Global Economy I: Commodity Prices. Has President Donald Trump’s protectionism thrown a monkey wrench into the global synchronized growth mechanism? Joe, Debbie, and I started to see mounting signs of this scenario during the summer of 2016. We attributed it to the end of the energy-led commodity bust, which began during the second half of 2014 and ended in early 2016.
Debbie and I observed that the CRB raw industrials spot price index and the price of a barrel of Brent crude oil had bottomed at the start of 2016. We combine these two series to derive our Global Growth Barometer (GGB) (Fig. 1 and Fig. 2).
It plunged 50.5% from June 20, 2014 through January 20, 2016. Since then, it is up 63.6% to one of the highest readings since November 2014, confirming the solid rebound in the global economy. By the way, one of our accounts observed that our GGB is nearly identical to the Goldman Sachs Commodity Index (Fig. 3).
Global Economy II: The Dollar & Capital Flows. Since 2006, there has been a strong inverse correlation between our Global Growth Barometer and the trade-weighted US dollar (Fig. 4). They’ve diverged significantly recently as commodity prices remained firm while the dollar jumped 4.9% since February 1. This could spell trouble for the global synchronized growth scenario.
First, let’s briefly review why there has been an inverse correlation between the two. When the global economy is strong, commodity prices tend to move higher. Most commodities are priced in dollars. When foreign commodity exporters receive more dollars, they tend to diversify some of their windfalls into other currencies, particularly the euro and the yen. Commodity prices tend to fall when the global economy is weak, providing fewer dollars for commodity exporters to convert to other currencies.
The recent surge in the dollar coincided with Trump’s protectionist saber-rattling. Contributing to the dollar’s strength has been the growing realization that the Fed is likely to continue to raise interest rates and unwind its QE portfolio of securities, while both the ECB and BOJ may be doomed to maintain their ultra-easy monetary policies for the foreseeable future. Higher US interest rates and the stronger dollar can be a lethal cocktail mix for emerging market economies (EMEs) that have been guzzling lots of short-term debts denominated in dollars.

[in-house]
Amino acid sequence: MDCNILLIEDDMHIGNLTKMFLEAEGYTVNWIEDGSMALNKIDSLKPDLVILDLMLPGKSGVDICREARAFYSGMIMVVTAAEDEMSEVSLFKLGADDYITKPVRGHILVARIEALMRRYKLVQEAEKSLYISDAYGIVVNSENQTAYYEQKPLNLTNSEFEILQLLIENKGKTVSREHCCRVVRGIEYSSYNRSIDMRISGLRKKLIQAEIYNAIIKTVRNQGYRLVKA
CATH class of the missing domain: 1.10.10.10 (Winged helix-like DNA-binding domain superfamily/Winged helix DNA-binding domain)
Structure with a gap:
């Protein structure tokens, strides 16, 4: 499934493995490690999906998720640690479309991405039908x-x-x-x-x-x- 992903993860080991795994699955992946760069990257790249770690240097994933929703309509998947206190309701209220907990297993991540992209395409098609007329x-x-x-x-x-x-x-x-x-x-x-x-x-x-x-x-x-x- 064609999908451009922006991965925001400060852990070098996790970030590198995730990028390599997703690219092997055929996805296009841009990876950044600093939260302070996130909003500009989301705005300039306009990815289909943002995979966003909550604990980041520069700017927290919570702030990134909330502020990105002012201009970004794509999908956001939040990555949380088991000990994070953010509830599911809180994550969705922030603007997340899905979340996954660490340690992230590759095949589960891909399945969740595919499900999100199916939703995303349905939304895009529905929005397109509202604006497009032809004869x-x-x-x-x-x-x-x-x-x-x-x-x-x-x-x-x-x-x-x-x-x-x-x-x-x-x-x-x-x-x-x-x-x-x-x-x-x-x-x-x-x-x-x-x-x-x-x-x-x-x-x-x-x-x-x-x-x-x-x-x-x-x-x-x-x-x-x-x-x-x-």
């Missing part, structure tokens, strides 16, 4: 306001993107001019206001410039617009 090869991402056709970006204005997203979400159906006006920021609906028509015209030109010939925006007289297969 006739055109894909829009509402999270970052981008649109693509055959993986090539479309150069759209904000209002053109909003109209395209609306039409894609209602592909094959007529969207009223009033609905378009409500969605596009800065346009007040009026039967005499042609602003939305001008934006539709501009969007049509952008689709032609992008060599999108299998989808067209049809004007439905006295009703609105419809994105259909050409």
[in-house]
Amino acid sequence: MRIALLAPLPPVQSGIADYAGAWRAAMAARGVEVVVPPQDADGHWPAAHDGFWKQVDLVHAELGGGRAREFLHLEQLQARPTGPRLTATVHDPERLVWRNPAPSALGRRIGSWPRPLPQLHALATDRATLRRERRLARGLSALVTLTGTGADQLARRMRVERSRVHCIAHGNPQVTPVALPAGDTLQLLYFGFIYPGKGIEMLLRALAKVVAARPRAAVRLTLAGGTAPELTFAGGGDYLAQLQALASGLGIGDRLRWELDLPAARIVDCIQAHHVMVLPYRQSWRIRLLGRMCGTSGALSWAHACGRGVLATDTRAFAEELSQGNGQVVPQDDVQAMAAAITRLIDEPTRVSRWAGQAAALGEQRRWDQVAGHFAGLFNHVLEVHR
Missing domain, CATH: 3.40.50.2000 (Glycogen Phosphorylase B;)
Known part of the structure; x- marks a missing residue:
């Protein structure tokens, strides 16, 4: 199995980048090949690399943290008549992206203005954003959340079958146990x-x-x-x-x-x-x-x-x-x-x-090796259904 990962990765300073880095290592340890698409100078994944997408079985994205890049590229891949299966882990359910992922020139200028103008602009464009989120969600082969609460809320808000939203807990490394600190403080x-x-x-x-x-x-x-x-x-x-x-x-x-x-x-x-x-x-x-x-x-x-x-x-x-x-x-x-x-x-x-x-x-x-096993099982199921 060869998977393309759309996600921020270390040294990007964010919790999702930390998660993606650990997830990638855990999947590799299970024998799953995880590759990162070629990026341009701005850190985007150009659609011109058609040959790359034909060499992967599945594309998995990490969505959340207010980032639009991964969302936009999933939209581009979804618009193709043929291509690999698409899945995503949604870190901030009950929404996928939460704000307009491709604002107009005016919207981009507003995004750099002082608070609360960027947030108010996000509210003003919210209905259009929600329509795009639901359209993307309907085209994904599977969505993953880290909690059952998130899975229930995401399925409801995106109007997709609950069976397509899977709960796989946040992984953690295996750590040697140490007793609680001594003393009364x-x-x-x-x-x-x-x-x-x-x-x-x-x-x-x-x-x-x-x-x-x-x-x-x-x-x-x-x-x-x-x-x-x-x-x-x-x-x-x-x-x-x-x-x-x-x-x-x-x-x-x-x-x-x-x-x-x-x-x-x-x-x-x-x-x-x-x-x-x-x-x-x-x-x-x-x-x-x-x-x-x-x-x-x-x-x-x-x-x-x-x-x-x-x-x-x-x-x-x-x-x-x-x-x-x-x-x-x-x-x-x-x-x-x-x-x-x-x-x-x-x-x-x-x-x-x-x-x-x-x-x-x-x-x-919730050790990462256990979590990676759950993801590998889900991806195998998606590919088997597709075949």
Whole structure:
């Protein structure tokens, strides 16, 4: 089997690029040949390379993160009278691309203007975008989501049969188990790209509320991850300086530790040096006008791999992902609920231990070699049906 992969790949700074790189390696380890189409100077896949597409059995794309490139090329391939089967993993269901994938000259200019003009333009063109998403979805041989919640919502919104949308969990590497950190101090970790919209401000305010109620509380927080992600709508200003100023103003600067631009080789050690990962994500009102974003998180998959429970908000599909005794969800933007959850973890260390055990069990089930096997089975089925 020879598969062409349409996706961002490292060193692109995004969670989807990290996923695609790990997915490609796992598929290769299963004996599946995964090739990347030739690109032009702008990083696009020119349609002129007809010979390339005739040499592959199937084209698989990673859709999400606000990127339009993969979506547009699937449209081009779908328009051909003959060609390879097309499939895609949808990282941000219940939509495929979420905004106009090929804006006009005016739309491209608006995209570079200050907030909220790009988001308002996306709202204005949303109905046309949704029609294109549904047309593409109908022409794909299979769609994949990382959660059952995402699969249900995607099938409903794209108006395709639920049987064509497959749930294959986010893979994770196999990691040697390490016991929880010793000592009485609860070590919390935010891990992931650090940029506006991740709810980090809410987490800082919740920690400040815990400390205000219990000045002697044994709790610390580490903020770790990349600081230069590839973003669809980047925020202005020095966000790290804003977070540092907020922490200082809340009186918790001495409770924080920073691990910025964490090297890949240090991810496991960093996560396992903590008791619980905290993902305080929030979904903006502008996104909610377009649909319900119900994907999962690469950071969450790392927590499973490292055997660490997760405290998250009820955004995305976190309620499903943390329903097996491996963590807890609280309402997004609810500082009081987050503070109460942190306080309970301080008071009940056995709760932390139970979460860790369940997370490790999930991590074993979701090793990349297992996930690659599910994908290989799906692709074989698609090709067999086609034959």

In other words, all the international capital that flowed into EMEs when the global economy and commodity prices were strong, and when EMEs had relatively attractive interest rates, can quickly turn into outflows when US interest rates are rising relative to the rest of the world and the dollar is strengthening.
Debbie and I constructed a proxy for global capital flows in and out of the US to the rest of the world by subtracting the world’s merchandise trade surplus with the US (on a 12-month basis) from the y/y change in world non-gold international reserves (Fig. 5 and Fig. 6). (For more information on this, see the “Capital Flows In and Out” section of my book Predicting the Markets, pp. 406-410.)
Our confidence in our proxy is increased by its strong inverse relationship with the yearly percent change in the dollar (Fig. 7). The dollar tends to strengthen when capital is flowing into the US from the rest of the world. It weakens when capital is flowing out of the US into the rest of the world. The recent surge in the dollar suggests that capital is flowing back to the US, which explains the weakness in EME stock prices and currencies (Fig. 8 and Fig. 9).